ACSH staffers are generally disinclined to dignify frivolous Internet gossip with recognition, but in the case of a natural cosmetics peddler s recent blog post attacking synthetic chemicals in cosmetics, which has been getting some undeserved attention, we figured we d point a few things out before it gets out of hand. This shouldn t be too surprising. She s a salesperson for natural cosmetics, so she has to spread rumors to sell her products, says ACSH s Jeff Stier.
You can tell it s illegitimate for many reasons, but one is that she cites the increasing cancer rates. She just made that up, notes ACSH s Dr. Gilbert Ross. These people think they can get away with saying anything, no matter how false or misleading. Any scientist who has read medical literature knows that cancer rates are going down. Even when we did go through a cancer epidemic from the 1950s until the 1990s, that was almost entirely attributable to smoking -- which is also on the decline in the U.S., at last. In fact, her entire list is misleading. None of the chemicals she mentions have been found to be harmful to humans in the amounts present in cosmetics, and these have been used in these products for decades without any reliable record of health effects, says Dr. Ross.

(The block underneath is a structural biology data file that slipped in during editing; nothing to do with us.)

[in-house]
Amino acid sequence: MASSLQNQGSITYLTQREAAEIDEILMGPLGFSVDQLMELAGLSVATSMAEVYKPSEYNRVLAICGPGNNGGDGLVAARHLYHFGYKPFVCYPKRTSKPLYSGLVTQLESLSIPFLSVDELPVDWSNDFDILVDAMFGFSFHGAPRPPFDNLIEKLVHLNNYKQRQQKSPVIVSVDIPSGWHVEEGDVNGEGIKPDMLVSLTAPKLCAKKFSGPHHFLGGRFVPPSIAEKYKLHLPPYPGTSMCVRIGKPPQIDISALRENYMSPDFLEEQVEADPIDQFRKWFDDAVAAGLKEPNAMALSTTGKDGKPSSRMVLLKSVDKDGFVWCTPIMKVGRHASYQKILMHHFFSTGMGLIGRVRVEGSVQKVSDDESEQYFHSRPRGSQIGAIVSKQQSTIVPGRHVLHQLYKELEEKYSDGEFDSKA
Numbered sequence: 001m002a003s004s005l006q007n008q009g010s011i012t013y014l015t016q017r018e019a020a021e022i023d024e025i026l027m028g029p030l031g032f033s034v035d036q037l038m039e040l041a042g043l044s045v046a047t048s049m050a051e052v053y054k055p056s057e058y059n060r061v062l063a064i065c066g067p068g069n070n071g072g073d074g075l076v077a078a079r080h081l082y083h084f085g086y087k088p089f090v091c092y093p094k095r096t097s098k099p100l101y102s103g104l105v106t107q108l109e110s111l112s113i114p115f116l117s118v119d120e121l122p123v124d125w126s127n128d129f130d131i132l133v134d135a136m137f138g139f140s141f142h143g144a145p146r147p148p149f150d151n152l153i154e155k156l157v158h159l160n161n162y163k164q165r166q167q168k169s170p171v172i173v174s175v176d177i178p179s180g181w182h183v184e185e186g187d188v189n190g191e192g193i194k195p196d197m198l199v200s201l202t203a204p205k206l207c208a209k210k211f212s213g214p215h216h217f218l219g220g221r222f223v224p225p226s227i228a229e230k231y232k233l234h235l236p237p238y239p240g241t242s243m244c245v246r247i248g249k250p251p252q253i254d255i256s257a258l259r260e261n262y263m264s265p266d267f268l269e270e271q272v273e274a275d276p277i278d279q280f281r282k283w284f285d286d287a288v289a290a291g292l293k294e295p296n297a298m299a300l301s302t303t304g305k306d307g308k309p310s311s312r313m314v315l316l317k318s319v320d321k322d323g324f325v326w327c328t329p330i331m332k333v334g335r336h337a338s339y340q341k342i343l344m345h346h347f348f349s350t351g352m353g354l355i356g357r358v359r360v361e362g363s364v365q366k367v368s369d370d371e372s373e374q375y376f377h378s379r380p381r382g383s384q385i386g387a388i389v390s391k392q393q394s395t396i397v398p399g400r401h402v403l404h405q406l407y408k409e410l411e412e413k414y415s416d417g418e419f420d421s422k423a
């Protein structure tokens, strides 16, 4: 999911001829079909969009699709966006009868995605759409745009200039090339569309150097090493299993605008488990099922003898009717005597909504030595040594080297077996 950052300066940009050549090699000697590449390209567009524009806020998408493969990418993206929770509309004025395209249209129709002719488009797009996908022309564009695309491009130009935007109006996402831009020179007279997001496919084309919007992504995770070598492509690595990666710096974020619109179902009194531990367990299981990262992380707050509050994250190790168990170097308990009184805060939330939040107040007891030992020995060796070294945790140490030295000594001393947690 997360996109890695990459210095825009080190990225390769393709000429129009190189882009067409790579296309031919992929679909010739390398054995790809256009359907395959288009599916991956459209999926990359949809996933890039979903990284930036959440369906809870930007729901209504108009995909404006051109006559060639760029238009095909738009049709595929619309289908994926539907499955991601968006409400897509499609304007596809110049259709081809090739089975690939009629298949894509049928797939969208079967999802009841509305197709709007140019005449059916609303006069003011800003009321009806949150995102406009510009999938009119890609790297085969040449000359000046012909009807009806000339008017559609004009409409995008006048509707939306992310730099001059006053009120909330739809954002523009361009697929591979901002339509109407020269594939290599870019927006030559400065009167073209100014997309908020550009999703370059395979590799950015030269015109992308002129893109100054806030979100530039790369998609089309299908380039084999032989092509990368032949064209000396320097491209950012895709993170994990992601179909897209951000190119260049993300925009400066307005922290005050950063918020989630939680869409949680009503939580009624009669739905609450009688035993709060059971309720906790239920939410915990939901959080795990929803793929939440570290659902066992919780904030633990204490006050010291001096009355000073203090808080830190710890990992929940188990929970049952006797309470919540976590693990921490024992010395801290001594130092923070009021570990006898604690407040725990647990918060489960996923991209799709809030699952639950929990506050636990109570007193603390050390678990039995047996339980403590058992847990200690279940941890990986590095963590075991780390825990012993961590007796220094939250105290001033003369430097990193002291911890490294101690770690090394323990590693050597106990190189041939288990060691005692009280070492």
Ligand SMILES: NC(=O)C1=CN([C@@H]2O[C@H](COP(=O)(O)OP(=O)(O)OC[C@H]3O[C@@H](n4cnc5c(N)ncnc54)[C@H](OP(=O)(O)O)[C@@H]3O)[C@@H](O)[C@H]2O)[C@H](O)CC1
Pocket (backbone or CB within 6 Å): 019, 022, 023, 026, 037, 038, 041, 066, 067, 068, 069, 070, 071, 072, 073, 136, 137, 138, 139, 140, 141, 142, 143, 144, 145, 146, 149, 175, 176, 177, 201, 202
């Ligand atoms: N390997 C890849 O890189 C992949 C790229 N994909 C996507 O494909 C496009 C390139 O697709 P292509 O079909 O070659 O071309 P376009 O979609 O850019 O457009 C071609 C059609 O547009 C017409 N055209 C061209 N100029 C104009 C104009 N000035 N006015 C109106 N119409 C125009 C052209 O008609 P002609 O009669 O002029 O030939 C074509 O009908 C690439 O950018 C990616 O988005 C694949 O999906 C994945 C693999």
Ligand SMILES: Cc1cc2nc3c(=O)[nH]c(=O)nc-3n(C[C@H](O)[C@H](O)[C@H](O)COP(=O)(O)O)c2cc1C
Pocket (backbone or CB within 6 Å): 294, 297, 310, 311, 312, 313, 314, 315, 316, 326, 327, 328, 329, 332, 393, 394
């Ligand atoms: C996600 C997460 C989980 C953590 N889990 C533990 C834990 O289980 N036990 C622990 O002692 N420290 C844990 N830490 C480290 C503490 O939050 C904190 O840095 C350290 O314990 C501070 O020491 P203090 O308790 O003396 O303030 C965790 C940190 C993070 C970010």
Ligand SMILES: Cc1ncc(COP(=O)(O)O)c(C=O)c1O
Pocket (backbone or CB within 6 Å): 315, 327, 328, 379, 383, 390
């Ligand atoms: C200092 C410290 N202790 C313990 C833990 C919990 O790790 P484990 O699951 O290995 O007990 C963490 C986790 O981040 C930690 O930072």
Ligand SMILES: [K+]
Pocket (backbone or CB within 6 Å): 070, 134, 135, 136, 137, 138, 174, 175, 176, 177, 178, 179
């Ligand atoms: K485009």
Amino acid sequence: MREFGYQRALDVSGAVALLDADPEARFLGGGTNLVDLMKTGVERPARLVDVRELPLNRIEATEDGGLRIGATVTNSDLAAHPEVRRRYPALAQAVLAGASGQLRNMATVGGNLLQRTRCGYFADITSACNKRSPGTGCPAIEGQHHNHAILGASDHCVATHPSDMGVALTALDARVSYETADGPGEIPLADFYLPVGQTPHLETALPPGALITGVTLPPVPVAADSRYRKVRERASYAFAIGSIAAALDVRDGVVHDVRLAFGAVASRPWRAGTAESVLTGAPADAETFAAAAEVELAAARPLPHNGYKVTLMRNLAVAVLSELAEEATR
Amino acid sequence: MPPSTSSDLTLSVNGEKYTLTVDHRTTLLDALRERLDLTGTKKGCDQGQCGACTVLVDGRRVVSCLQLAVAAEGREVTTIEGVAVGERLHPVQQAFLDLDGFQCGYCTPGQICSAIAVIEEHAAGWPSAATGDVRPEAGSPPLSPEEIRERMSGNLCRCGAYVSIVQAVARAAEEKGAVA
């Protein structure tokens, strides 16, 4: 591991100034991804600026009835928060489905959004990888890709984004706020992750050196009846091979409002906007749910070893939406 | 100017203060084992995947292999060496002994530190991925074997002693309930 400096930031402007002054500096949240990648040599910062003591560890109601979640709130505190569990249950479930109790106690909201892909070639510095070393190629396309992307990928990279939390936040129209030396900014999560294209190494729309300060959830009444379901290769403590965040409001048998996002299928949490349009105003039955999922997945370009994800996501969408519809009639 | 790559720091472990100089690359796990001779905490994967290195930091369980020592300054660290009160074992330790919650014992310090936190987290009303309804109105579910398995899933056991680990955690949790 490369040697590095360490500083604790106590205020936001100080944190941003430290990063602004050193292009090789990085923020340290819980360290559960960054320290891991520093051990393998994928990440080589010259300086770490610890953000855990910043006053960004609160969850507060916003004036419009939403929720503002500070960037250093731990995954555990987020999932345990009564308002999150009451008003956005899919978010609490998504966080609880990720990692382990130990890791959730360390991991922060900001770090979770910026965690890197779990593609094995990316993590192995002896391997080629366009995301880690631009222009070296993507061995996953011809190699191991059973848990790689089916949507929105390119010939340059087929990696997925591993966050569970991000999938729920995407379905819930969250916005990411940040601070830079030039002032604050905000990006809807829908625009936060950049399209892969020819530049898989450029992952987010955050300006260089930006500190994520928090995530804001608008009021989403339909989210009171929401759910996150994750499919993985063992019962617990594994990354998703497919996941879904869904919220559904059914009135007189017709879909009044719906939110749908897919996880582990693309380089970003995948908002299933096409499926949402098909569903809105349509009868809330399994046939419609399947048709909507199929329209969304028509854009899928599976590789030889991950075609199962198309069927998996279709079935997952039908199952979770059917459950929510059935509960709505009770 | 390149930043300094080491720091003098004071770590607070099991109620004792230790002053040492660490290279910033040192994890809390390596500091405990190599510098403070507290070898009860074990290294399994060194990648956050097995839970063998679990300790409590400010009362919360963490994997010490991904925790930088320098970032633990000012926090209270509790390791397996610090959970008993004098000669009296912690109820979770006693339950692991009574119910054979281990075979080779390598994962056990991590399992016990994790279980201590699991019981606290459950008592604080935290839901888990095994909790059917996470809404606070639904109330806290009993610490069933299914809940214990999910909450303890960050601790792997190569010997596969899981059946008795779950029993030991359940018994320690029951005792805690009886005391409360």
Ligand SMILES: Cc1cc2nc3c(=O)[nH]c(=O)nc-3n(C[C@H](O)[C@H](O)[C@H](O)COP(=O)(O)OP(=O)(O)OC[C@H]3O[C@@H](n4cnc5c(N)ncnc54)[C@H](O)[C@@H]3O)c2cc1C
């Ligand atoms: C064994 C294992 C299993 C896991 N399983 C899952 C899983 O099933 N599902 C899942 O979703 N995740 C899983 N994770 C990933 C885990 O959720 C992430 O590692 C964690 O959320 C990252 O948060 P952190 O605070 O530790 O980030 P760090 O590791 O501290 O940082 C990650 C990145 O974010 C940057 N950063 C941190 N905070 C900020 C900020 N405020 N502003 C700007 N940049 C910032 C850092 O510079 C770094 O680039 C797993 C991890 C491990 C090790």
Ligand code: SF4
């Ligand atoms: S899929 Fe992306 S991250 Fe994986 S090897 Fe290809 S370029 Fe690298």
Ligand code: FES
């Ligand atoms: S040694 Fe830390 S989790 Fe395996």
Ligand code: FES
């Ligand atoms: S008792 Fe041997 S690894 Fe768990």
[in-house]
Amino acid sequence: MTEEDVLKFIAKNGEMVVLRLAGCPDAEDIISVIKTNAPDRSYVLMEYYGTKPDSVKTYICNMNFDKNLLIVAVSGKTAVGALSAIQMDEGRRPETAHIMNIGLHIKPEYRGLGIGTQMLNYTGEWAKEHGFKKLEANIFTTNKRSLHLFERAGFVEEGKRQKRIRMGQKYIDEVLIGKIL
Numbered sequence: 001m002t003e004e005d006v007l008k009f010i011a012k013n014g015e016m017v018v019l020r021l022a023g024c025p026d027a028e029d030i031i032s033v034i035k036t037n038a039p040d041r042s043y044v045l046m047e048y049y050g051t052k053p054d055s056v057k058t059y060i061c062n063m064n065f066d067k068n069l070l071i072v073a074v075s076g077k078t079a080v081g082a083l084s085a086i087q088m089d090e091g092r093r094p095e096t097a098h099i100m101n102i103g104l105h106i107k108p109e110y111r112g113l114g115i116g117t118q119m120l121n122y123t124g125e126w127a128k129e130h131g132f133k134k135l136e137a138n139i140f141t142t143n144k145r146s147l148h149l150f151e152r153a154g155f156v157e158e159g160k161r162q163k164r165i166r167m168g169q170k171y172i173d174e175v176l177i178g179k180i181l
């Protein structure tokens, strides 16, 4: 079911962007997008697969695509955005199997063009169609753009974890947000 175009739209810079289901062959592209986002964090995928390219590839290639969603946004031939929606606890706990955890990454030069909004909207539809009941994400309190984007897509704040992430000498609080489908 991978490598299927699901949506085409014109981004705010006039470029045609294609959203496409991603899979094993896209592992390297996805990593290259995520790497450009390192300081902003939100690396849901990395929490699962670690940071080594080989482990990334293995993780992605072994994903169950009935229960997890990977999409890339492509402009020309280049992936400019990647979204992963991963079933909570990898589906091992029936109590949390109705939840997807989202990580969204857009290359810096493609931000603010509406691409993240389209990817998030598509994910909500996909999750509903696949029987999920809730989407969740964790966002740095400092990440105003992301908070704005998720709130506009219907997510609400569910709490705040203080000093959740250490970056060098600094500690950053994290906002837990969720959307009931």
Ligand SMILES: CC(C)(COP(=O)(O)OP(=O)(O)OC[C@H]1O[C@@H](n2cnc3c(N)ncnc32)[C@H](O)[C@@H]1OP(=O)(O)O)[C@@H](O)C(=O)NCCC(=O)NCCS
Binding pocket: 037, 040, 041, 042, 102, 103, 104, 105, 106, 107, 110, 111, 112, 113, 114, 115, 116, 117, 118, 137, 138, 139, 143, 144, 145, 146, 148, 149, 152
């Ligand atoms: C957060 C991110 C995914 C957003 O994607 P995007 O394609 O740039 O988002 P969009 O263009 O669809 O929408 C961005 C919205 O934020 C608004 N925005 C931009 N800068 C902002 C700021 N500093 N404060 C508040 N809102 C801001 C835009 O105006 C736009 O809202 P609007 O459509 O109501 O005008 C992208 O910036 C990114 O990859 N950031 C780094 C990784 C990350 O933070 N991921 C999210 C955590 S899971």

ACSH s Dr. Ruth Kava reminds us that medical advice should be left to credible medical professionals: Be careful about believing what you read on the Internet. Anyone can write anything they want. For further reference: ACSH s report on the safety of cosmetics.